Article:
fit_data = pdLSR.pdLSR(data, exponential_decay, 
                       groupby=['resi', 'field'],
                       xname='time', yname='intensity',


From these simple commands, five output tables are created:

  • data for the input data, calculated data, and residuals
  • results that contains the best-fit parameters and estimation of their error
  • stats for statistics related to the regression, such as chi-squared and AIC
  • model that contains a best-fit line created by the predict method
  • covar that contains the covariance matrices

Let's take a look at a couple of these tables. The results table contains best-fit parameters, their standard errors, and confidence intervals.

In [6]:
inten rate
value stderr ci0.95_lo ci0.95_hi value stderr ci0.95_lo ci0.95_hi
resi field
51 14.10 1714.80 37.87 1656.39 1833.26 19.65 1.02 17.91 22.46
18.80 24122.68 689.03 22988.09 25953.74 21.64 1.58 18.83 25.55
52 14.10 1778.90 17.87 1746.80 1814.00 23.35 0.49 22.39 24.36
18.80 23889.26 232.87 23351.24 24329.26 29.96 0.79 28.27 31.59

The stats table contains the following statistics for each of the regression groups:

  • Number of observations (nobs)
  • Number of fit parameters (npar)
  • Degrees of freedom (dof)
  • Chi-squared (chisqr)
  • Reduced chi-squared (redchi)
  • Akaike information criterion (aic)
  • Bayesian information criterion (bic)
In [7]:
nobs npar dof chisqr r_chisqr aic bic
resi field
51 14.10 7 2 5 46189329.09 9237865.82 116.27 116.16
18.80 7 2 5 5181283778043.33 1036256755608.67 197.67 197.56
52 14.10 7 2 5 2013267.84 402653.57 94.34 94.23
18.80 7 2 5 184908562051.39 36981712410.28 174.34 174.23

It is also easy to access the covariance matrix for calculations.

In [8]:
fit_data.covar.loc[(51, 14.1)]
row col covar
resi field
51 14.10 0 0 1434.41
14.10 0 1 25.19
14.10 1 0 25.19
14.10 1 1 1.04
In [9]:
fit_data.pivot_covar().loc[(51, 14.1)].values
array([[  1.43e+03,   2.52e+01],
       [  2.52e+01,   1.04e+00]])


The results can be visualized in facet plots with Seaborn. To make it easier to view the data, all intensities have been normalized.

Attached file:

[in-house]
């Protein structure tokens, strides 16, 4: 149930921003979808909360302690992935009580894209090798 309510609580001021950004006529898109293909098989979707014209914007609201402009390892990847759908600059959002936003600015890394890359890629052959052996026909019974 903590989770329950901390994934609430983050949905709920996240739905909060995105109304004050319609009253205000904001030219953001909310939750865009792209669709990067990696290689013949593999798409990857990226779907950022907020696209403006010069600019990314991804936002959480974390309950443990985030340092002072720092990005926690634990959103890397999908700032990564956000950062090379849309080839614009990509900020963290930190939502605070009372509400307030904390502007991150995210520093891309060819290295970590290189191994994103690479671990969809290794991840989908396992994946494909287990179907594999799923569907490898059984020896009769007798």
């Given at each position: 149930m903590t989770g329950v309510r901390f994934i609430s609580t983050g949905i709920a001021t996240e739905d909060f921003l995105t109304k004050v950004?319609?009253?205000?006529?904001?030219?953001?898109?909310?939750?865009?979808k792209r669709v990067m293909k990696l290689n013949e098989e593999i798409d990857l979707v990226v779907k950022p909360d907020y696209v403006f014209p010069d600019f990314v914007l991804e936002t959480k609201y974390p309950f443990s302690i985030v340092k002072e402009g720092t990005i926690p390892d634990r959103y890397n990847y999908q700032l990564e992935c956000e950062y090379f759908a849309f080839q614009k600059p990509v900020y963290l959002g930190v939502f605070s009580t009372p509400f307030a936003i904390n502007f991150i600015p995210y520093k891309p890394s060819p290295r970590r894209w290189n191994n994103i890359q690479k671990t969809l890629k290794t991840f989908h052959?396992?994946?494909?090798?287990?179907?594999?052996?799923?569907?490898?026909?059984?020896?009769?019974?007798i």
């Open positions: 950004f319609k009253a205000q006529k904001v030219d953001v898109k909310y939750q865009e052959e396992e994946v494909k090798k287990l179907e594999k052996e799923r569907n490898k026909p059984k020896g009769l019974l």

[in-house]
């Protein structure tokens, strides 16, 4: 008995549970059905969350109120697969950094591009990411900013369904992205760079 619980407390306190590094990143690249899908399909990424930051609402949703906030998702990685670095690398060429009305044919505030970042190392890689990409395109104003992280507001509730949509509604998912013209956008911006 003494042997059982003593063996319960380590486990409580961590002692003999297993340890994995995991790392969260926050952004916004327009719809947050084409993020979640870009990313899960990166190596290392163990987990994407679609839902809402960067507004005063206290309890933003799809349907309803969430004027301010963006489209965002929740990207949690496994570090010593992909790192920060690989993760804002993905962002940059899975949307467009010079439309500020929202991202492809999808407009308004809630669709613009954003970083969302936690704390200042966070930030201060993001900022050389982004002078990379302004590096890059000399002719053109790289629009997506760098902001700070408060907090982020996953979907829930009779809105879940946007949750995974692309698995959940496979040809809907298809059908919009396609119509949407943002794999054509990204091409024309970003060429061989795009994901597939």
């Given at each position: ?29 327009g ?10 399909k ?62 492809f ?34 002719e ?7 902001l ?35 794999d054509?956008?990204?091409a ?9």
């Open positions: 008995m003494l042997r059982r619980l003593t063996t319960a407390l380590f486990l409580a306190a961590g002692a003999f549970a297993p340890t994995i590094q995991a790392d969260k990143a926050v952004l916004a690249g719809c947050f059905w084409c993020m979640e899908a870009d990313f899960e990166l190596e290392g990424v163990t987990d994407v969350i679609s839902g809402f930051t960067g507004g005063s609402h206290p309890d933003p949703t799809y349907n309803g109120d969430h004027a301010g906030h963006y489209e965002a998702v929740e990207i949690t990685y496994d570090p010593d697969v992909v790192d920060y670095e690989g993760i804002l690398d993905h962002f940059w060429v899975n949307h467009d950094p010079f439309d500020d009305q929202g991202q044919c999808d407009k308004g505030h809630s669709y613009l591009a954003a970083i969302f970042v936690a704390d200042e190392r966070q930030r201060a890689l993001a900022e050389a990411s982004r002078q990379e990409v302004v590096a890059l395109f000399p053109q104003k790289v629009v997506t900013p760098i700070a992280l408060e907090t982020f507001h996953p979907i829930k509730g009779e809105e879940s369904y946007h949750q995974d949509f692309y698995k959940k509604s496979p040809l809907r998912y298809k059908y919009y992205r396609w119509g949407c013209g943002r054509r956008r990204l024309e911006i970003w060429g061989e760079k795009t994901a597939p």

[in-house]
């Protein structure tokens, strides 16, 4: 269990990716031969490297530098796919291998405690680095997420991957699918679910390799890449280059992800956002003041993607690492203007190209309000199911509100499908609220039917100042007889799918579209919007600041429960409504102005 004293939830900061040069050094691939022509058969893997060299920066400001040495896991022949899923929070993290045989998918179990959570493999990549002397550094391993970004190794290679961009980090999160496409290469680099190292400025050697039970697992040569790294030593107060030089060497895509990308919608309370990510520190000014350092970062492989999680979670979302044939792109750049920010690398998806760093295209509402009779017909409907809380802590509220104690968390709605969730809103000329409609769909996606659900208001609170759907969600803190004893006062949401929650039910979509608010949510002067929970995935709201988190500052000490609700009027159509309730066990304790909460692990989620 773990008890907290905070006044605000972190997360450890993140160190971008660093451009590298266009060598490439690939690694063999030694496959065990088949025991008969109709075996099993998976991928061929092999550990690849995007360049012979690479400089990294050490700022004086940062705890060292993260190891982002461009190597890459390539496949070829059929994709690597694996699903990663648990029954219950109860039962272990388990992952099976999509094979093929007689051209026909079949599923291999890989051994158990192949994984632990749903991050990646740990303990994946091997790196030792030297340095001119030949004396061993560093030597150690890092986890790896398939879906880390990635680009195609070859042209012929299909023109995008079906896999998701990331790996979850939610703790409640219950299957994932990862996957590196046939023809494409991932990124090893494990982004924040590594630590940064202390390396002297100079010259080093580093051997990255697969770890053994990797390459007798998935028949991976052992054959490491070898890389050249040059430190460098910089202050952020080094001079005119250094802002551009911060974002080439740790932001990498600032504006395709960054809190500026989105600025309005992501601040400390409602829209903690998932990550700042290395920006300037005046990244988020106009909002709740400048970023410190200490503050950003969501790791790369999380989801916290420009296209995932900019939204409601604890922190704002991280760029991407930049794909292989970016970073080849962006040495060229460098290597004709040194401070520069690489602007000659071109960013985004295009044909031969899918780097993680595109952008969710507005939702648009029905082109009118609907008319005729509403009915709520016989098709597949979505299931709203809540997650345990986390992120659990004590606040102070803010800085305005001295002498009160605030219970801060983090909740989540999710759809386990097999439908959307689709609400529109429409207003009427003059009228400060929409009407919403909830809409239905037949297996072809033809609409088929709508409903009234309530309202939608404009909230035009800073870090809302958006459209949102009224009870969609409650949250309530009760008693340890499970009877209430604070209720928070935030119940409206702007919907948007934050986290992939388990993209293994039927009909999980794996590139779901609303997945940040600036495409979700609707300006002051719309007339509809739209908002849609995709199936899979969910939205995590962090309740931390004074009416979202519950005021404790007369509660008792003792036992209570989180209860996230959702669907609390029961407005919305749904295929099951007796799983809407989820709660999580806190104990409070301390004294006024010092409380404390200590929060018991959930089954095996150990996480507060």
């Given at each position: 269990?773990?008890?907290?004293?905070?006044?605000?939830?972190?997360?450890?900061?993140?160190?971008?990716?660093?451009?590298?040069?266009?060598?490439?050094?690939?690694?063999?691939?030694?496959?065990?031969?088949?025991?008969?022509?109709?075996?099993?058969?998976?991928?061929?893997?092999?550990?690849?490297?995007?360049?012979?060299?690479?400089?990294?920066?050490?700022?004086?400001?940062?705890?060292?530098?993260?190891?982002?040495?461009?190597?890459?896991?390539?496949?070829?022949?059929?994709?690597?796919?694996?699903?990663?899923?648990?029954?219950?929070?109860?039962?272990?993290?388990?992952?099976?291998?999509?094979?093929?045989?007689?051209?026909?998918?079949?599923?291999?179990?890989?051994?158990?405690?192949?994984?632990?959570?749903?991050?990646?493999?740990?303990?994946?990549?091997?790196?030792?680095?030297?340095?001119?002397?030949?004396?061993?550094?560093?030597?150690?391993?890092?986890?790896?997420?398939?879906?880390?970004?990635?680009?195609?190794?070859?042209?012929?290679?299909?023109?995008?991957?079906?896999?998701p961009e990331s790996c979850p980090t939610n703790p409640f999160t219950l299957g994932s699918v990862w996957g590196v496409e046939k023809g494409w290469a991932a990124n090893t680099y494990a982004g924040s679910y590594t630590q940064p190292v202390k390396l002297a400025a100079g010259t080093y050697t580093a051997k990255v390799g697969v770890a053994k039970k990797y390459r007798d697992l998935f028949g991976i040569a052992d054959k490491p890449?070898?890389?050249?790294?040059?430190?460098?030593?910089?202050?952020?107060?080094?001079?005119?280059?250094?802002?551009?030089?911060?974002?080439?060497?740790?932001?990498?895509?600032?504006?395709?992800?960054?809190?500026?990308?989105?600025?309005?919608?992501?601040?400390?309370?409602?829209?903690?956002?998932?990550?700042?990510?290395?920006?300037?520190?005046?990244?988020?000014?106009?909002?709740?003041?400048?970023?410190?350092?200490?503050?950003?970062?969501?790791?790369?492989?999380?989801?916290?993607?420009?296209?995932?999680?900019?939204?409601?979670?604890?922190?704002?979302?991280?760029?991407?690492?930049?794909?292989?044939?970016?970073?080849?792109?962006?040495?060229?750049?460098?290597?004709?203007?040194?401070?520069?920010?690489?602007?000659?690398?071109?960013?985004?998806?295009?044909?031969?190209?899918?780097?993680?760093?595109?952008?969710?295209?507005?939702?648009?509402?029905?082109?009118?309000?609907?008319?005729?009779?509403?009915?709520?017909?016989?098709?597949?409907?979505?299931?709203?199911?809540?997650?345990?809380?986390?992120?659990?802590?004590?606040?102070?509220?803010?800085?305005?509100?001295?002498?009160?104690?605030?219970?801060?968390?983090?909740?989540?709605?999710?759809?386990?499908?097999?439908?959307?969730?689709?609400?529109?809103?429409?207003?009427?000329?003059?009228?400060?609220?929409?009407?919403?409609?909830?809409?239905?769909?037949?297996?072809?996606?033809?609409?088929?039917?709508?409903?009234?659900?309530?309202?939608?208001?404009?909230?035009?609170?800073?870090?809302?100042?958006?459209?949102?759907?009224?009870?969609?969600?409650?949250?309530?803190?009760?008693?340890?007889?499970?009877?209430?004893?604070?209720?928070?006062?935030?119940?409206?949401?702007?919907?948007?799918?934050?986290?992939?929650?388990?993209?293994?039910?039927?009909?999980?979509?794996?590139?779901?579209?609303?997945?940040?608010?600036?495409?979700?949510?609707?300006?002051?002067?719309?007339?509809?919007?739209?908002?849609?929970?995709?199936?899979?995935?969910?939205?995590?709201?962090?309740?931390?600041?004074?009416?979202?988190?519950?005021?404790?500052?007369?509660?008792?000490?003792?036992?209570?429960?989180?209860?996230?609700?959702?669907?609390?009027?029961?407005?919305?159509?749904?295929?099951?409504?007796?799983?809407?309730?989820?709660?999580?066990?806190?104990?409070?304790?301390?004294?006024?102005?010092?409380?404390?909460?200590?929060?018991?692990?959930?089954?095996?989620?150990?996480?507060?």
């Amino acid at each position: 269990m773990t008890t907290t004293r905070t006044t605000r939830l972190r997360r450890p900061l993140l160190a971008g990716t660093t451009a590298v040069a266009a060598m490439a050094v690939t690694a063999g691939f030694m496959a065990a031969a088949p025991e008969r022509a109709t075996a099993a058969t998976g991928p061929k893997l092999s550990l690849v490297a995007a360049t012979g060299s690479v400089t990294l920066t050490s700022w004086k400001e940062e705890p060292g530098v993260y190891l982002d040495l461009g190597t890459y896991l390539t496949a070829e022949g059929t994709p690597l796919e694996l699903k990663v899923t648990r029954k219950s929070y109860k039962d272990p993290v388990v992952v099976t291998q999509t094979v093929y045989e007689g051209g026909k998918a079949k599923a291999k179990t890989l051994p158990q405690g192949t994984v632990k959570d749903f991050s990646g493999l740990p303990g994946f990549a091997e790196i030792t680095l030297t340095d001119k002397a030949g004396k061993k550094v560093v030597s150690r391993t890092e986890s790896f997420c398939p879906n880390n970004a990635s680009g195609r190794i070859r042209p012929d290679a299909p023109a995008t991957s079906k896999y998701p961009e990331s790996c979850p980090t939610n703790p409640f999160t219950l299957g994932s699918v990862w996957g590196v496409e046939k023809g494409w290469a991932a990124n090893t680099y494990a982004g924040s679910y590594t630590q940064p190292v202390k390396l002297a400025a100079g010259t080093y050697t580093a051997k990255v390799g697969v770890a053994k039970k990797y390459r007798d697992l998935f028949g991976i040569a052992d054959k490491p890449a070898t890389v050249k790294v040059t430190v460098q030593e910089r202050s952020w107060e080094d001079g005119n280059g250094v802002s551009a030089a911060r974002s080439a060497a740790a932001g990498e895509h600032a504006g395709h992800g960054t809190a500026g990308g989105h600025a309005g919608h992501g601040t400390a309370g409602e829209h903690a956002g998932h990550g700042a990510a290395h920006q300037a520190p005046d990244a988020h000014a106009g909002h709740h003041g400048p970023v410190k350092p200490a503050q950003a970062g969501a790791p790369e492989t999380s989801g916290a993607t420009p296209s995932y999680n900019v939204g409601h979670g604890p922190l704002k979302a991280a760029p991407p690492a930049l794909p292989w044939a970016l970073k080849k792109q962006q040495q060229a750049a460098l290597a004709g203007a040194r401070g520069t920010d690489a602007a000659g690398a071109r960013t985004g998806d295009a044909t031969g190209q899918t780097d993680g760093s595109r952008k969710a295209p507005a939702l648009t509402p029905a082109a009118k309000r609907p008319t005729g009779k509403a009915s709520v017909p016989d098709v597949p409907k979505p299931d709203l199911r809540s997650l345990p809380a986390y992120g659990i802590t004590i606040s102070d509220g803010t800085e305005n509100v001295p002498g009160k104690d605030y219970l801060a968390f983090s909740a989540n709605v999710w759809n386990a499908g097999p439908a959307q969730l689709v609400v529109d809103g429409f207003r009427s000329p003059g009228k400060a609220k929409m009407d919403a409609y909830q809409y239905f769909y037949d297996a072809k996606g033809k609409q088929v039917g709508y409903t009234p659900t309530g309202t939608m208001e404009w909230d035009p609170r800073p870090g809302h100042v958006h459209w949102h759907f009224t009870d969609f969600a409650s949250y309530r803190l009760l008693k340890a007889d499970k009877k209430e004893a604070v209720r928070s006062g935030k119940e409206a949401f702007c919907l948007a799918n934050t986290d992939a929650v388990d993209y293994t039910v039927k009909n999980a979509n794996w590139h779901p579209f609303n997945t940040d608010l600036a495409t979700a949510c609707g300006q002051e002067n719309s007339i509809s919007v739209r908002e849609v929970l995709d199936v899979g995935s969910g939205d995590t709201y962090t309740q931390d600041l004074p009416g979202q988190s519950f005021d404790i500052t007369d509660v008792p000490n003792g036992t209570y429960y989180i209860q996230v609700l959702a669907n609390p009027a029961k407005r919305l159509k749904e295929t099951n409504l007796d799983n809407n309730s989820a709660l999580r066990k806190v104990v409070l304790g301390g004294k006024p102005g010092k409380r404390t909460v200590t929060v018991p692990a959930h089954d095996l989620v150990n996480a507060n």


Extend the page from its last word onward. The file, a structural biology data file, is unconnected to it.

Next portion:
In [12]:
plot_data = pd.concat([, 
                       fit_data.model], axis=0).reset_index()

colors = sns.color_palette()

palette = {14.1:colors[0], 18.8:colors[2]}

grid = sns.FacetGrid(plot_data, col='resi', hue='field', palette=palette,
                     col_wrap=3, size=2.0, aspect=0.75, 
                     sharey=True, despine=True), 'xcalc', 'ycalc', marker='', ls='-', lw=1.0), 'time', 'intensity', marker='o', ms=5, ls='')

grid.set(xticks=np.linspace(0.05, 0.25, 5),
         ylim=(-0.1, 1.05))

ax = grid.axes[0]
legend = ax.get_legend_handles_labels()
ax.legend(legend[0][2:], legend[1][2:], loc=0, frameon=True)

f = plt.gcf()
f.subplots_adjust(wspace=0.2, hspace=0.25)

Just for fun, here's a bar graph of the decay rates determined from NLS.

In [13]:
plot_data = (fit_data.results
plot_data.columns = plot_data.columns.droplevel(0)

fig = plt.figure()
ax = plt.axes()

palette = [colors[0], colors[2]]

for pos, (field, dat) in enumerate(plot_data.groupby('field')):
    _ = dat.plot('resi', 'value', yerr='stderr',
                 kind='bar', label=field, color=palette[pos],
                 position=(-pos)+1, ax=ax, width=0.4)
ax.set_ylabel('decay rate (s$^{-1}$)')
ax.set_xlim(ax.get_xlim()[0]-0.5, ax.get_xlim()[1])



Easy right? Using pdLSR over the past few years has made my Python-based analytical workflows much smoother. Let me know how it works for you if you decide to try it!

If you are interested in trying pdLSR, you can do so without even installing it. There is a live demo available on GitHub. Click here and navigate to pdLSR --> demo --> pdLSR_demo.ipynb.

The package can be installed in three different ways:

This post was written in a Jupyter notebook, which can be downloaded and viewed statically here.

  1. And with a helpful nudge in the form of the excellent data science bootcamp I'm currently attending. Stay tuned for more about that!